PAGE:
Along with more concrete investments in missile defense and related technologies, the whole field of national security funding needs a paradigm shift away from fuzzy notions of “international security” to more hardnosed questions of national security and American interests. Already our schools have largely done away with the study of military history, questions of military tactics and strategy having been deemed irrelevant to the post-Cold War era. But as Yale’s Paul Kennedy will attest, when these courses are offered, they prove to be enormously popular. A real investment in revamping national security education seems warranted.
The events of September 11 highlight the need to acknowledge the limits of arms control and international protocols and agreements, which have been strongly supported by some of the major philanthropies and the nongovernmental organizations they fund. The degree of adherence to these treaties is highly variable—it is not uncommon to see among the signatories those countries most eager to acquire weapons of mass destruction.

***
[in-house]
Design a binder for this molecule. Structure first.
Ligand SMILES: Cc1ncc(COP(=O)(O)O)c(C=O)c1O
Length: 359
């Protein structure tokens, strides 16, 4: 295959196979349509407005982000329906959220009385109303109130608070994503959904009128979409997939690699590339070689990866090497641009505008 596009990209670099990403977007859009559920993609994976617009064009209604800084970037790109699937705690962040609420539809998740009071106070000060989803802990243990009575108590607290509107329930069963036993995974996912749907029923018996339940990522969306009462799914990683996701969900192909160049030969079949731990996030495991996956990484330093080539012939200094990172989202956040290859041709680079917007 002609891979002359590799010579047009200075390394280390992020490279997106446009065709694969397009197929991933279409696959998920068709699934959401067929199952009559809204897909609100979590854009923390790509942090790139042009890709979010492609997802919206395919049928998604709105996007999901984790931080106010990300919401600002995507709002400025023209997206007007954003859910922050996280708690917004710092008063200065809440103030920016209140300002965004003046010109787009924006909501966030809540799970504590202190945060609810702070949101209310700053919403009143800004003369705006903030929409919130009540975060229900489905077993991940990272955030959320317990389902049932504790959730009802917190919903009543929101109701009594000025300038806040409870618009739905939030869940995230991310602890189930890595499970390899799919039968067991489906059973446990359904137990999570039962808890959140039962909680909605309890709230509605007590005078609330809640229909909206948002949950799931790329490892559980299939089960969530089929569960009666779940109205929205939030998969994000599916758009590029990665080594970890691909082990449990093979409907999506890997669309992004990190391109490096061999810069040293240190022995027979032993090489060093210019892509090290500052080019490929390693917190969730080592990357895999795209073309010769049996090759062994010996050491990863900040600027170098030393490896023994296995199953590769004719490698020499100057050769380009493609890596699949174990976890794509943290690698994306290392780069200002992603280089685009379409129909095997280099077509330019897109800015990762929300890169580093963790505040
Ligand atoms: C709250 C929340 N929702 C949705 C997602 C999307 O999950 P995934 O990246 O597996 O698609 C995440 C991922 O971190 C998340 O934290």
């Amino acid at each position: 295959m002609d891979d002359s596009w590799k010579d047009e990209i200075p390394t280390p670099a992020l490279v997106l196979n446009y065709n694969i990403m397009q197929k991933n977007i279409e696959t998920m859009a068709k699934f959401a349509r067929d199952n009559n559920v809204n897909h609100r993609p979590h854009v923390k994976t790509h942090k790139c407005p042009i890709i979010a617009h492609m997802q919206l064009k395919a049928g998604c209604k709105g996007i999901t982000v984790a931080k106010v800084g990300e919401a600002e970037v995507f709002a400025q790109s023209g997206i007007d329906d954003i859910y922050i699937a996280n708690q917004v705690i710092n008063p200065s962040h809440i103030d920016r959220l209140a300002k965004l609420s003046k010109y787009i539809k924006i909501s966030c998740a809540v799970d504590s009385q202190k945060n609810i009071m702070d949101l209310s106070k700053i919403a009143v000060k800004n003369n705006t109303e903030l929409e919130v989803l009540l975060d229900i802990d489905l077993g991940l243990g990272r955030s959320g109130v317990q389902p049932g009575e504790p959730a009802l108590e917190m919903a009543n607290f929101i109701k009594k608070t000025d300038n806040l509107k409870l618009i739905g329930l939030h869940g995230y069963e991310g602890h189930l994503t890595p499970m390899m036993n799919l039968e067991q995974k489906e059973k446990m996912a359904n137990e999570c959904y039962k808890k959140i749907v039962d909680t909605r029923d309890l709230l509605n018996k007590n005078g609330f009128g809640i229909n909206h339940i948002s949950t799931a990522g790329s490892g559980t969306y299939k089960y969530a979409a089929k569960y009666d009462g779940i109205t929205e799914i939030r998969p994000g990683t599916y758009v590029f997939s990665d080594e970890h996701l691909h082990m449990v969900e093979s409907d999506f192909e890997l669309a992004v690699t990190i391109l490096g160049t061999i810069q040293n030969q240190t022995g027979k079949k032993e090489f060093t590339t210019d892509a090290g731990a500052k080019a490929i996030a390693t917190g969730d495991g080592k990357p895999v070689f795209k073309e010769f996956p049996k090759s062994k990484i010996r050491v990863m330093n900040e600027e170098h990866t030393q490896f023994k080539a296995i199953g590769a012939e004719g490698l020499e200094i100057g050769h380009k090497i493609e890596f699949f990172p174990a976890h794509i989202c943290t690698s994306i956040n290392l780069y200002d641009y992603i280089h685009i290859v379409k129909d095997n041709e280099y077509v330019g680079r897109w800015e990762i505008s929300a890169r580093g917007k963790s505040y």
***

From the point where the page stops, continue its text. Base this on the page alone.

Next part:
Having agreed to dismantle his weapons of mass destruction, for example, Saddam Hussein nonetheless sponsored a full-tilt biological weapons program under the noses of an international weapons inspection team. The Soviet Union signed the biological weapons ban in 1972 but still conducted successful research into lethal biological agents. According to Judith Miller’s new book, Germ, Soviet scientists could not imagine that the United States wasn’t cheating, too.